How do babies know how to eat? It is by pure instinct alone that we learn how to eat; it comes naturally to us. We can almost say that eating comes through general revelation. One can call general revelation natural revelation, not because it comes naturally to us but because it takes place within the realm of nature. General revelation comes through natural means, observation of the physical universe, reasoning and human conscience. Christians have used this term to describe the knowledge of God, which is plainly available to all mankind (McGrath, 2007). But what is general revelation when it comes to Theology? We live in a society full of questions; the internet has made it possible for many of the answers to be at our fingertips. It is purely logical that one might wonder what or who God is. General revelation is God making Himself known in a variety of ways to all mankind (Johnston, 2007). When we speak of general revelation we are speaking of the way that God chooses to reveal Himself to us through His acts of creation. There is a Bible basis for this found in the Psalms (19:1-3, New International Version). The heavens tell us daily of the glory of God and the work of His hands without speech or words but they still tell us of their creator. The constant and adequate design of this universe, speaks of a designer who had a purpose in mind. The order in which things function tells us of the intention of God; we can consider the planets that stay within their orbits, or we can think of the seasons, the light and the darkness, we can even think of how animals live off a food chain that is specific to each group. All of these things are not a mere coincidence but the proof of a Creator that is bigger than the creation (McGrath, 2007). However, knowing someone does not explain the purpose of that someone. Although general revelation tells us that there is a God, it fails to explain who this God is. We cannot know how we can get to this majestic...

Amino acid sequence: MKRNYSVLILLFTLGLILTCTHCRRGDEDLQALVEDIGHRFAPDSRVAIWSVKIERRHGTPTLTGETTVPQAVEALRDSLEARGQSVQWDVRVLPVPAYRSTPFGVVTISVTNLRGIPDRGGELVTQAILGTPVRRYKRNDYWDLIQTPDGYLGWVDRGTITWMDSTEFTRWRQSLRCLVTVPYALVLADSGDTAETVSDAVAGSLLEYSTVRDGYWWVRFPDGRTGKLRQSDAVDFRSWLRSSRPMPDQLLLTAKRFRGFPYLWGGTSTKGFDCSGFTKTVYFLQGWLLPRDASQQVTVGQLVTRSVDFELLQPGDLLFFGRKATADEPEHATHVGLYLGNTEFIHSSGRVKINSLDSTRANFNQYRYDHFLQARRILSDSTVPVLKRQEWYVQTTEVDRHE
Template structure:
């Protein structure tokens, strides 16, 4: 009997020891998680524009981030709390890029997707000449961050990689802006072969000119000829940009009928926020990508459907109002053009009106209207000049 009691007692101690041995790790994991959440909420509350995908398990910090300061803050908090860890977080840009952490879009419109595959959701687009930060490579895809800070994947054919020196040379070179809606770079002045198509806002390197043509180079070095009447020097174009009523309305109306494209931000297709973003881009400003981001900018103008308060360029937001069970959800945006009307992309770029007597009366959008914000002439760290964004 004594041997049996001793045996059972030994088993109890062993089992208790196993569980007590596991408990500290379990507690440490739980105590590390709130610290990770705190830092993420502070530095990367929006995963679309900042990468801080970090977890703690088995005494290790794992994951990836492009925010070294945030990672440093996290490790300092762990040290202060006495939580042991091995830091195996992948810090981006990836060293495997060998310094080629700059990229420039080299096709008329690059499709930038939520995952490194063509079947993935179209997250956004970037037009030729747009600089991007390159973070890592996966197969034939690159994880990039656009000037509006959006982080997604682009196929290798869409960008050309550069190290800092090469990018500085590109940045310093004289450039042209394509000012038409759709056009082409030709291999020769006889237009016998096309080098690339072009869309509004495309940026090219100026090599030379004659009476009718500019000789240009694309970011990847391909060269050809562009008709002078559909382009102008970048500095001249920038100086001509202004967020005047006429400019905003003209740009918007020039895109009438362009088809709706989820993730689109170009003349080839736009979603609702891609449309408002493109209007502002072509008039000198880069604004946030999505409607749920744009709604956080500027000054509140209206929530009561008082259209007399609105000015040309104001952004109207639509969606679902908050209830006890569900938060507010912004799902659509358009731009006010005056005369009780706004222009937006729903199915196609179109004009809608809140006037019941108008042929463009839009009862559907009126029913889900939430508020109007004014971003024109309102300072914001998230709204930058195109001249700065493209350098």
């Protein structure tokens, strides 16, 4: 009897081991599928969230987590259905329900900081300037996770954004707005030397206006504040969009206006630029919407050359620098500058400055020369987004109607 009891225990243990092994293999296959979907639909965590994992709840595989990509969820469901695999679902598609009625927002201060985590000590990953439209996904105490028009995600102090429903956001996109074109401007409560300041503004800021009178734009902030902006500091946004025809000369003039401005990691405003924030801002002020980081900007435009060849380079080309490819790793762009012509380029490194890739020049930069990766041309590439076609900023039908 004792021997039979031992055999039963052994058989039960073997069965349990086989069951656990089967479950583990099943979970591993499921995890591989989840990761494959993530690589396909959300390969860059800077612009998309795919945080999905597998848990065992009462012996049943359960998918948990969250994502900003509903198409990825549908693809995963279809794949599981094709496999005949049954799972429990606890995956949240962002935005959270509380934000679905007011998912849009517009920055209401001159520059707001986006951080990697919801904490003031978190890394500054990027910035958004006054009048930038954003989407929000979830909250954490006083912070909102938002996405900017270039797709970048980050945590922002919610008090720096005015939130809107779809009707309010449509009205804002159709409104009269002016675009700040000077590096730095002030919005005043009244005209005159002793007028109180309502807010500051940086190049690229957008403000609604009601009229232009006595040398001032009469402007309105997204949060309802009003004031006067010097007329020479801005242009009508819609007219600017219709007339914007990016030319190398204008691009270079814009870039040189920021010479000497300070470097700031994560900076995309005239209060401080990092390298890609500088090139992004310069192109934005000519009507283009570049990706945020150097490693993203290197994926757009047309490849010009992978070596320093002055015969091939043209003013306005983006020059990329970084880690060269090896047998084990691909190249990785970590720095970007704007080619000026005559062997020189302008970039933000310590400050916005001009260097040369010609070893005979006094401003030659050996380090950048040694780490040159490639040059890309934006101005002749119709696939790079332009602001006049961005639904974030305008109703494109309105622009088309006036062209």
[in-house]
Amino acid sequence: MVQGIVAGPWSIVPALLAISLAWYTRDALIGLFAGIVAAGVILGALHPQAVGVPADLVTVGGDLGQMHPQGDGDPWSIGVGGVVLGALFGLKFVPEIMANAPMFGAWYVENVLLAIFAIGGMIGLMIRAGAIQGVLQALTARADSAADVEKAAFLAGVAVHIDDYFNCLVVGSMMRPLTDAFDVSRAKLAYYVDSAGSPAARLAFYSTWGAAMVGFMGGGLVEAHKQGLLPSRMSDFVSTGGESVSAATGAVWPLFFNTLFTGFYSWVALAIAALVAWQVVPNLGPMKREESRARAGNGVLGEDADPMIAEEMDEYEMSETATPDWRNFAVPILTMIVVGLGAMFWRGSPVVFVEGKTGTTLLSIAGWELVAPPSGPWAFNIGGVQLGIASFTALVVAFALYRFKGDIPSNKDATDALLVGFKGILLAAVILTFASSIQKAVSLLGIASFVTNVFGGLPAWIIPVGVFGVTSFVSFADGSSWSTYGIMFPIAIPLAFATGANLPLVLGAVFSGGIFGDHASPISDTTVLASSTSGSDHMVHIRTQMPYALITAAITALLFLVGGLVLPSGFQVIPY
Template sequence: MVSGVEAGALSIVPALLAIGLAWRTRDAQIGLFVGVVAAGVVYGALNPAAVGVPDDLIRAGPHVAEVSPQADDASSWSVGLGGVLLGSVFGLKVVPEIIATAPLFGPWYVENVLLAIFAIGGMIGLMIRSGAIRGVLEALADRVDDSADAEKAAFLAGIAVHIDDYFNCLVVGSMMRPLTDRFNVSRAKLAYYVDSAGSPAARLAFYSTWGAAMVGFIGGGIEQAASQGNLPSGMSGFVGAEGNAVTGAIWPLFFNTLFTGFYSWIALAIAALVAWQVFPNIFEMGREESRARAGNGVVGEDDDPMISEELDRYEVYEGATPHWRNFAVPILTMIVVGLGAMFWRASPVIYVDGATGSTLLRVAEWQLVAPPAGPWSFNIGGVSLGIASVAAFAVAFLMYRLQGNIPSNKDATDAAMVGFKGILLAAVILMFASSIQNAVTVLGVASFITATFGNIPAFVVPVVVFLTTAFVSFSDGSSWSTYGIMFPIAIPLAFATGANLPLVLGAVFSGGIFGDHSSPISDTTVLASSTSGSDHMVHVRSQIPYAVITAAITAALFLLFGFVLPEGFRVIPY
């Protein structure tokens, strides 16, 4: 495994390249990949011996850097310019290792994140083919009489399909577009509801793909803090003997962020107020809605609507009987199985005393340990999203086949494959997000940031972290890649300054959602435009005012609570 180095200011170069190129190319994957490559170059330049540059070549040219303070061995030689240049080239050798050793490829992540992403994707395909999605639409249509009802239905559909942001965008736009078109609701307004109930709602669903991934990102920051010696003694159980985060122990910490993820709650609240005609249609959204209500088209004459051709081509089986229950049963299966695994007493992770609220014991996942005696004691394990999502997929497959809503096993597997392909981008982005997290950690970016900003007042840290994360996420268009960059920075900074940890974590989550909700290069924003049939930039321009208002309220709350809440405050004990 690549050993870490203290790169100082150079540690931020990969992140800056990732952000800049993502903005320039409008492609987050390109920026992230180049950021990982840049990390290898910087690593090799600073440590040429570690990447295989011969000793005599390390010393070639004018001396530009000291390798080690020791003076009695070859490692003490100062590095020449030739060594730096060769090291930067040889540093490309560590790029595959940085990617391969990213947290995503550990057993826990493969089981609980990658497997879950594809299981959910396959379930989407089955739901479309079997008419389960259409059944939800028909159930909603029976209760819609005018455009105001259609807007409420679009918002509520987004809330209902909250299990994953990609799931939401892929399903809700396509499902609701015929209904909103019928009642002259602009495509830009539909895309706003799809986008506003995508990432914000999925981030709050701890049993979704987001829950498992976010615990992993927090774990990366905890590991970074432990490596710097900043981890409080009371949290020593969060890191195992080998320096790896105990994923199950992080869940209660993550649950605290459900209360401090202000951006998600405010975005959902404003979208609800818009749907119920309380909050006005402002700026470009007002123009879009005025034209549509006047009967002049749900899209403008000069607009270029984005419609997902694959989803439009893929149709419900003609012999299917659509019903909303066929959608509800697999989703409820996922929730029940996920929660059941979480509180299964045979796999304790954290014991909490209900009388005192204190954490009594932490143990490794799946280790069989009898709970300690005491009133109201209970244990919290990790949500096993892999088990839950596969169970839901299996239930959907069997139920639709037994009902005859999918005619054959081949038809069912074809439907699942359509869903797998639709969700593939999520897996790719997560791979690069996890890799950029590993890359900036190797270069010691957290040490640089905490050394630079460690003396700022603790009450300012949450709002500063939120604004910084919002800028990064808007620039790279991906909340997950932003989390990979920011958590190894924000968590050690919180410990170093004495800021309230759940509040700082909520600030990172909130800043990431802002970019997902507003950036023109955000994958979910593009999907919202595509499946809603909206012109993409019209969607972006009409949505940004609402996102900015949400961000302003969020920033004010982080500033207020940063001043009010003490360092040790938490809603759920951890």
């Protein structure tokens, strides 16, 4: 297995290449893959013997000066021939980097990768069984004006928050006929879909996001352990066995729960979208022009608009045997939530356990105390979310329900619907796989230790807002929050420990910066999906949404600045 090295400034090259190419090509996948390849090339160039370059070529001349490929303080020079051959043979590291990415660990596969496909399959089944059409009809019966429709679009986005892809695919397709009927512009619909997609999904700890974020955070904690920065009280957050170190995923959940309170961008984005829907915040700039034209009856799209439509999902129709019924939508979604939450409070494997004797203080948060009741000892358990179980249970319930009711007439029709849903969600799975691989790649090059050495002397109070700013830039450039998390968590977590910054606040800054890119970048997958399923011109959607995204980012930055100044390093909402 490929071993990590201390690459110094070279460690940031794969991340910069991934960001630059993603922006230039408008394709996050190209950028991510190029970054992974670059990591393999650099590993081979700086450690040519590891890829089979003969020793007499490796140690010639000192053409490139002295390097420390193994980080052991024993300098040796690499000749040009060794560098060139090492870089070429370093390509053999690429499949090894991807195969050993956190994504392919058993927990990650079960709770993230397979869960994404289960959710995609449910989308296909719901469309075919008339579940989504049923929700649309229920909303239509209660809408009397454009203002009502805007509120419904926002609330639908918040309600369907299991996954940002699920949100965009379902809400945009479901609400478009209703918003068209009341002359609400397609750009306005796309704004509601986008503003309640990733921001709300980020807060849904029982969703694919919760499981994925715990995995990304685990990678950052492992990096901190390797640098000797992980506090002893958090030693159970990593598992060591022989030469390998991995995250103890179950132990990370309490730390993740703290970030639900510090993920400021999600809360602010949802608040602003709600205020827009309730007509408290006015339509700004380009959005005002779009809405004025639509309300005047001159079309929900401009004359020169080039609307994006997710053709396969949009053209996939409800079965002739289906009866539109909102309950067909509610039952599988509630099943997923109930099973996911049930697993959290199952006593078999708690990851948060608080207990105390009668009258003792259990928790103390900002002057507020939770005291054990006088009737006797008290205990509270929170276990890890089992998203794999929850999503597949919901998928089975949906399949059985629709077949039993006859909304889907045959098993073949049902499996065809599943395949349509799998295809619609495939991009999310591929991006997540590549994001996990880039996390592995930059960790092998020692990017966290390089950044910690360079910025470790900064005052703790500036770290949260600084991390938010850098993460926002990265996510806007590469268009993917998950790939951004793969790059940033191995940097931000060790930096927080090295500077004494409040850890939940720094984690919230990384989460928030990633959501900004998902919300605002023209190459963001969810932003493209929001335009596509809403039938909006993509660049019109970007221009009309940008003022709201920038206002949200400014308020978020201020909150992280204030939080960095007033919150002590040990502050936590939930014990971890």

References: Alemany, J. J. (1985). General Revelation: Historical Views and Contemporary Issues. Estudios Eclesiásticos, 60(232-233), 264-265.
Grenz, S. (2000). Theology for the community of God. Grand Rapids, MI: Eerdman 's.
Howard, D. (2010). A critical analysis of general revelation. Criswell Theological Review, 8(1), 53-75.
Johnston, R. K. (2007). Discerning the Spirit in culture: observations arising from reflections on general revelation. Ex Auditu, 2352-69.
McGrath, A. E. (2007). The christian theology reader. (4th ed.). Oxford: Wiley-Blackwell.
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